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  1. #1
    Bassim is offline VIP Member
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    Grandad Part Three

    Would you please correct the mistakes in the third part of my text?

    When I was seven, Father and I went on holiday to the Adriatic Sea. As we were returning home, he asked me if I wanted to see the village where he was born. I couldn’t hide my excitement. We took a detour and, after driving along winding roads, we found ourself in front of an enormous field. Far away in the distance stood a bluish mountain shimmering in the sun. We stepped outside the car, and I breathed in the scents of flowers and juniper.

    “Look how large it is,” Father said. “Can you imagine how I felt when I was a kid and went to school in winter and heard a pack of hungry wolves howling not far away. If they wanted to tear me to pieces, nobody could save me.”

    I was dumbstruck with the occasion. I had come to the source of all those stories I had heard since I could understand the spoken language. I had returned to my roots. Children around the world usually listen to fairy tales told by their parents, while I listened to true stories from life. In this place, you had to be strong if you wanted to survive, otherwise you had no chance against nature. I knew that a couple of Grandad’s children lay buried somewhere in this field because they couldn’t fight off their illnesses. Those who survived, like my Father, grew early to be independent and self-confident, stronger than my generation would ever be.

    “Do you want to drive?” Father asked, after we returned from our stroll.

    I sat in his lap, held firmly the steering wheel with my child’s hands, and stared at the immense green sea in front of me. Father started the car, put the gear into first, and as he released the clutch, and the car started to roll forward, he told me to drive whenever I wanted. I drove first straight, tense, and insecure, but after a few minutes, I grew more confident and changed direction and made wide loops and circles while Father shifted the gear and the car gained speed. I had never before had so much fun, and I enjoyed every moment of it. “Not bad for the first time.” Father ruffled my hair when we stopped.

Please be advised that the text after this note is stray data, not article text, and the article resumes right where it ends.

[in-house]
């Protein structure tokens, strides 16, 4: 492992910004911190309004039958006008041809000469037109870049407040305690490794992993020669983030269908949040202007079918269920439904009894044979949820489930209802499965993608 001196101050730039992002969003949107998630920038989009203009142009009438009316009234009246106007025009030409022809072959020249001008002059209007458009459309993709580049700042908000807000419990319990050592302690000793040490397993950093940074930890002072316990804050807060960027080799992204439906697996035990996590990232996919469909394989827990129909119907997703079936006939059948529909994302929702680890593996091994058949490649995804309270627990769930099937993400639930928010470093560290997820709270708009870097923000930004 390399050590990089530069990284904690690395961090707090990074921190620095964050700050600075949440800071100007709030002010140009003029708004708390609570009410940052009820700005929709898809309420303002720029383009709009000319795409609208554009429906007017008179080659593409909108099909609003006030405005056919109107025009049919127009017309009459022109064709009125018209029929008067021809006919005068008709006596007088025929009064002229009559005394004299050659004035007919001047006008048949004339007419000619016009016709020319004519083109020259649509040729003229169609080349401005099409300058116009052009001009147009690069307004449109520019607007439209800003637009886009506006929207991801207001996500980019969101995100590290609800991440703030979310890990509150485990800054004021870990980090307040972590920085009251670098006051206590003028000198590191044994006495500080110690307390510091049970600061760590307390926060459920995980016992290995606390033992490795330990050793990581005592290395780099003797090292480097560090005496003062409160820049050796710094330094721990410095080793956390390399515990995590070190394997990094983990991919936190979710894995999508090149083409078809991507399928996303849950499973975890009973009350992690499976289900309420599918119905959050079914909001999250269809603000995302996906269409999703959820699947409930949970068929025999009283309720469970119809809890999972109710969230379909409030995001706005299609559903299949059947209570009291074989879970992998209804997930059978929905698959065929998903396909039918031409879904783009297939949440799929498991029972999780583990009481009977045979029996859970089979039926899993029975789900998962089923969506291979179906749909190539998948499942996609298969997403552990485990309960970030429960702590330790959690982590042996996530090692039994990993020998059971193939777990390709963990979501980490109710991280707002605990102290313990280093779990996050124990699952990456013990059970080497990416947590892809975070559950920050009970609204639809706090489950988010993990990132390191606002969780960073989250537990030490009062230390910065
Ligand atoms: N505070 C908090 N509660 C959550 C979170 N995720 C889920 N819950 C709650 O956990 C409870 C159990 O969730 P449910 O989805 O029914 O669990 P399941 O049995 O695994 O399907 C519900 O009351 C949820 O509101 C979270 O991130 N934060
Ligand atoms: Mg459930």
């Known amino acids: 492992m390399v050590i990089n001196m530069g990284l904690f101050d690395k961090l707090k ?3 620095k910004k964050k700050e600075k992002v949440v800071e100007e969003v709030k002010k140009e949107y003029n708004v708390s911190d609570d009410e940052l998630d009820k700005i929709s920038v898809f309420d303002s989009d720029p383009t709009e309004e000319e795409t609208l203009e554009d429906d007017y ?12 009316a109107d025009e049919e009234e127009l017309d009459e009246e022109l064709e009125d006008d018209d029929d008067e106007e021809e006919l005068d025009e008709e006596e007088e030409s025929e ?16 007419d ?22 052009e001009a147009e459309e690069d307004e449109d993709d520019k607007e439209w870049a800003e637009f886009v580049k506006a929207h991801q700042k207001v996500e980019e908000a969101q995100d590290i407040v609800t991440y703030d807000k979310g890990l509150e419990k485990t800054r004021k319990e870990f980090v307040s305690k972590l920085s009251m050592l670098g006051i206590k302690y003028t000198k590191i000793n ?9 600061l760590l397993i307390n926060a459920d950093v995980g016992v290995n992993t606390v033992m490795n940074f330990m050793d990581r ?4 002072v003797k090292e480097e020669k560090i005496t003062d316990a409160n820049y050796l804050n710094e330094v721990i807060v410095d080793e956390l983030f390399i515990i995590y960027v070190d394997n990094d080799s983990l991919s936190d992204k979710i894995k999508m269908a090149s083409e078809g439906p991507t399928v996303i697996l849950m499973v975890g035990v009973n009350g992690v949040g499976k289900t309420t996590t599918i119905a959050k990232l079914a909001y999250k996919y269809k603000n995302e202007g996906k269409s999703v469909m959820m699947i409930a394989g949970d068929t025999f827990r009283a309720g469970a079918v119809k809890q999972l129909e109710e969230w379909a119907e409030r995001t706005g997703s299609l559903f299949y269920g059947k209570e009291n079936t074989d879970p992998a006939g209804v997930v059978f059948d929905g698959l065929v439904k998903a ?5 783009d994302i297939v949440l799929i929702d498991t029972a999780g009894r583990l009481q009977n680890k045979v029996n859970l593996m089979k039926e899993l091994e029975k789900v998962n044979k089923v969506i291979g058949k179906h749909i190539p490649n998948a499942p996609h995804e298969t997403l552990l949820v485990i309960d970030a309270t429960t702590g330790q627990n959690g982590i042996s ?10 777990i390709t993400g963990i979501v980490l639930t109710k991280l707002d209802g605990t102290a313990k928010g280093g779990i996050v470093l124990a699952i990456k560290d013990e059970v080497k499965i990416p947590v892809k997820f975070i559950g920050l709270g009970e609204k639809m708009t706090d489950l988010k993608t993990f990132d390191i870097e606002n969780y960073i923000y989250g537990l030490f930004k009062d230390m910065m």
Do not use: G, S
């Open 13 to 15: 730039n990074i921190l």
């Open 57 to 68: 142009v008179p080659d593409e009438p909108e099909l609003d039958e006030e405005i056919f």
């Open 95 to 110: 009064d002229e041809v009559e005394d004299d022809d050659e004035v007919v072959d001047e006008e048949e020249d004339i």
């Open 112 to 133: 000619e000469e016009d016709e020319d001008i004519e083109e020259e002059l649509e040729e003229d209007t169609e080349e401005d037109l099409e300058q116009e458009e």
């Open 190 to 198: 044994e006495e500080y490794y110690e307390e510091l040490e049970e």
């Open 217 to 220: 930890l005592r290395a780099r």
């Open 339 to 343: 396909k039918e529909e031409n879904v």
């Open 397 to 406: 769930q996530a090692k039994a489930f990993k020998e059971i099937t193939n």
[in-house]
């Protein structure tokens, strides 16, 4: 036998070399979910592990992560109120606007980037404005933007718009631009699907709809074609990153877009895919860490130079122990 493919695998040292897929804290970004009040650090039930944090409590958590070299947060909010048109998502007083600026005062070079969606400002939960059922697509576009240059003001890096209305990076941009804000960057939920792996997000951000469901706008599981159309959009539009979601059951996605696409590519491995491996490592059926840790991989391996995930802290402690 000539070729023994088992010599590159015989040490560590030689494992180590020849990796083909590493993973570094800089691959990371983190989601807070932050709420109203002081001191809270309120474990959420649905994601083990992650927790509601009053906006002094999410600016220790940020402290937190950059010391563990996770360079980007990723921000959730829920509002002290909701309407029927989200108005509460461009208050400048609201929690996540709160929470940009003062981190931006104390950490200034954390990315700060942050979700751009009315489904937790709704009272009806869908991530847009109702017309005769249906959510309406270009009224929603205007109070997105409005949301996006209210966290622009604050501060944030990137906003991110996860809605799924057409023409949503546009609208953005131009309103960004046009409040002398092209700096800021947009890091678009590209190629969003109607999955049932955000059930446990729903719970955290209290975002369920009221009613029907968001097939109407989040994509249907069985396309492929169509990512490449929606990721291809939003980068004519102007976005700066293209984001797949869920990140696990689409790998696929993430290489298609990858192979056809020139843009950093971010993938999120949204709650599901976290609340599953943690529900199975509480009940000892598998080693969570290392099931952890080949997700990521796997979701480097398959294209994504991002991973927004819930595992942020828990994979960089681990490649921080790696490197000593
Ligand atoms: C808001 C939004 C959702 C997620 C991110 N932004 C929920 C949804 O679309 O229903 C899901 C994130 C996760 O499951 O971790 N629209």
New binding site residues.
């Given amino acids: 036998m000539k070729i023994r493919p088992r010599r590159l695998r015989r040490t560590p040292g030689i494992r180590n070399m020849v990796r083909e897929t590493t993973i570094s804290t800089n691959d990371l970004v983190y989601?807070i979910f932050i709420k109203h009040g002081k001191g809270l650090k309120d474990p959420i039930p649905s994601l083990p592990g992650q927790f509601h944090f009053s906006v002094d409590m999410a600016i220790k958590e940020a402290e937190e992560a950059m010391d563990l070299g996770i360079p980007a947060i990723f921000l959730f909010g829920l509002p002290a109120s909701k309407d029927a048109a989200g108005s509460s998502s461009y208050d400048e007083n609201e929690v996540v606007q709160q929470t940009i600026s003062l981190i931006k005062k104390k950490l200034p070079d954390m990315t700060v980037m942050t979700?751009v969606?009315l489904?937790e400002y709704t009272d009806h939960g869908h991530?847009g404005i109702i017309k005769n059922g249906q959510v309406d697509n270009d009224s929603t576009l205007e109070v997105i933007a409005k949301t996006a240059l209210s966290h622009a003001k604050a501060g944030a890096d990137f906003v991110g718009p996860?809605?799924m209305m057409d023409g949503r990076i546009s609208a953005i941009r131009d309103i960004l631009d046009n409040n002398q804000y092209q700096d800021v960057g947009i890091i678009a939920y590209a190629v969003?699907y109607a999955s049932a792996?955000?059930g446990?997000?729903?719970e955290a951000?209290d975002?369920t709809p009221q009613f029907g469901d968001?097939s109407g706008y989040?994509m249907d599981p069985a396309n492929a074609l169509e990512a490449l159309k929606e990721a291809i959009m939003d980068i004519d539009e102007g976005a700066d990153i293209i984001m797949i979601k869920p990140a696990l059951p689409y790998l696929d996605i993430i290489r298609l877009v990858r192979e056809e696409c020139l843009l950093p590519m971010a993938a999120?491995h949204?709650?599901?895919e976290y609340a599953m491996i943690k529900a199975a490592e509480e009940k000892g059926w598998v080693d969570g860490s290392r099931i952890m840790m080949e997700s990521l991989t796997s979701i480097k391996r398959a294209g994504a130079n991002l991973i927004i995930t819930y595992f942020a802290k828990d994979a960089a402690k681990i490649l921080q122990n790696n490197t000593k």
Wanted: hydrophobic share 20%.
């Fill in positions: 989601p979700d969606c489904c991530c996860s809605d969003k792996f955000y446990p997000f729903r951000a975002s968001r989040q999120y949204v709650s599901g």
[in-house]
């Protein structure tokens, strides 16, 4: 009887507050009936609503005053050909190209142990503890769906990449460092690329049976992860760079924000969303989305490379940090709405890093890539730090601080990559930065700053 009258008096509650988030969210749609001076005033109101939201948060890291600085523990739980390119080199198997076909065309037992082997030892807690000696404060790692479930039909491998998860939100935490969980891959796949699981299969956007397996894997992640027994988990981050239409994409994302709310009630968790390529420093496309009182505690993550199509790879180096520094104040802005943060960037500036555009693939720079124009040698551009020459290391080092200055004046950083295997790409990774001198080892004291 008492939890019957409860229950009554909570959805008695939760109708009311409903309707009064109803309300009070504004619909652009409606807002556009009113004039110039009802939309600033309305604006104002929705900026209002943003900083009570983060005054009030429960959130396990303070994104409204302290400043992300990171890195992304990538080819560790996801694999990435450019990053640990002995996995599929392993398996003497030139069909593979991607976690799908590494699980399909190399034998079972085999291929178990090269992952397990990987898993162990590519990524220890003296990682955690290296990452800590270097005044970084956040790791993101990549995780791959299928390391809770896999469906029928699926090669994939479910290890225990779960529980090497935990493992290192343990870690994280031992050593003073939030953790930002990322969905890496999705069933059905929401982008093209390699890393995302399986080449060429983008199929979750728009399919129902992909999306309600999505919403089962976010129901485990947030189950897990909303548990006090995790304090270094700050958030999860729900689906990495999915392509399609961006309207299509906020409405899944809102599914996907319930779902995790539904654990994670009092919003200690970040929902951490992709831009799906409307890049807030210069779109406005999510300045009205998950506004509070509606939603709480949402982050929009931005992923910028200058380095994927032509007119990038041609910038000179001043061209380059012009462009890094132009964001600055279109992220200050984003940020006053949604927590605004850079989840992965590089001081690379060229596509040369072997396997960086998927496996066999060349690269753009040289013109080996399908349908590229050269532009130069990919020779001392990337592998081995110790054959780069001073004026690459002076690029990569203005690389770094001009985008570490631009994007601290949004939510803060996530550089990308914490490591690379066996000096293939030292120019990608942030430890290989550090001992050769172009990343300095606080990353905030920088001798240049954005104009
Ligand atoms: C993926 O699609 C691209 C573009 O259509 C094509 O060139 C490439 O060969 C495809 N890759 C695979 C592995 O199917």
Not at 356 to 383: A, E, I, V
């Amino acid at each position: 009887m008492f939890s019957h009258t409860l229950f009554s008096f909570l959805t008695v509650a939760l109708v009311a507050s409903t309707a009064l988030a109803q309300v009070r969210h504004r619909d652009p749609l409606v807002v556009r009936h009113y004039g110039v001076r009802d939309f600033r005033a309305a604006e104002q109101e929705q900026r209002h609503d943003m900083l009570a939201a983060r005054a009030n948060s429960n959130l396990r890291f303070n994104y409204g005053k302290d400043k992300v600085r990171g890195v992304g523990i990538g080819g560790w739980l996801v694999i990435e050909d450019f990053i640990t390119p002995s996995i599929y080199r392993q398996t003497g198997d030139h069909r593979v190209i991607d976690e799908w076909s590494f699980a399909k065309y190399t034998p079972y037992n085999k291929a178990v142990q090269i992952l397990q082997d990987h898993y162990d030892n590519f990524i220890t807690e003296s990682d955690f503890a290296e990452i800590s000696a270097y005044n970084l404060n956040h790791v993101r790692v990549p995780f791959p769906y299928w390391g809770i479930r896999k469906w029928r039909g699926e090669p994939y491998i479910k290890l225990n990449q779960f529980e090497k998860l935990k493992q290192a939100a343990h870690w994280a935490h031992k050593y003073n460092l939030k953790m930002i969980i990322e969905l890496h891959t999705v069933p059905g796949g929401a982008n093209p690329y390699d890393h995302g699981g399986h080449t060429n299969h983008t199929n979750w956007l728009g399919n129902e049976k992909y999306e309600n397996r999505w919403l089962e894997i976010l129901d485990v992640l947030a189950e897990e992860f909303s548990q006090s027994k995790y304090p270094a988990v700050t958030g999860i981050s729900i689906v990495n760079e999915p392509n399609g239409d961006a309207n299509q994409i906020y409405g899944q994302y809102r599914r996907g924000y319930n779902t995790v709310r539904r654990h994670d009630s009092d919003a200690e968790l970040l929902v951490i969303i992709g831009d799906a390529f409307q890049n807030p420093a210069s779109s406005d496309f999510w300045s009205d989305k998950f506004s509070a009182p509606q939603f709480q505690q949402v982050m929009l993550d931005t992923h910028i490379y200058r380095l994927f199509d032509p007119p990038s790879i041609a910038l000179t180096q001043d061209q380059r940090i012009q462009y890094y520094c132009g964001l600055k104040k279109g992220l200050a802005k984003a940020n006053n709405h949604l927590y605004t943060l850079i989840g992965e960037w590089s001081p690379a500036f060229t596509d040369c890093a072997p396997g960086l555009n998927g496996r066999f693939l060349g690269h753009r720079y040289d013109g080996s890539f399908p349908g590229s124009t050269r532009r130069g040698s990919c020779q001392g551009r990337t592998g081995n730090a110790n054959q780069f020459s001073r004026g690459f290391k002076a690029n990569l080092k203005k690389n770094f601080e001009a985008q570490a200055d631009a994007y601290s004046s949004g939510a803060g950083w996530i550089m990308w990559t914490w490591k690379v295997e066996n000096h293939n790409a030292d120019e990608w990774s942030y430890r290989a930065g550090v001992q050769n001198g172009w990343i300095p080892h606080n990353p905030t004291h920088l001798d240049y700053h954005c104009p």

In the afternoon, we arrived in his village. Most of the inhabitants had left, since the young were not interested in farming, and the village couldn’t offer them much. Houses stood abandoned, their gardens and orchards overgrown with weeds, fences knocked down. Few cows grazed peacefully in the field. A large white shepherd dog came and sniffed at me. Once rich land was now left to waste. A few families who still lived there immediately recognised Father and came to meet us. A Serb, called Mihajlo, hugged and kissed Father as if they were brothers, telling him how glad he was to see him again after so many years. “This must be the son,” he said and patted me on my head. His wife went to the kitchen to make coffee. Mihajlo insisted we eat dinner before we resume our journey.

    As we sat in his garden, he said to me, “If it had not been for your Grandad, I wouldn’t have been alive today.” Then he went on to tell me the story from the World War Two I had already heard many times from Father. One day, a company of the Nazi-backed Croatian Ustashe arrived in the village with an order to round up all the Serbs and transport them to a prison camp, where they would be slaughtered like cattle. As Grandad and his two brothers saw what was going on, they immediately went to see the commandant. They told him the prisoners were their neighbours and innocent just as they were. If the Serbs were going to a prison camp, their Muslim neighbours would go too. They would die together just as they had lived together. The three brothers had taken an incredible risk. The commandant was just a soldier who carried out the order from the headquarters.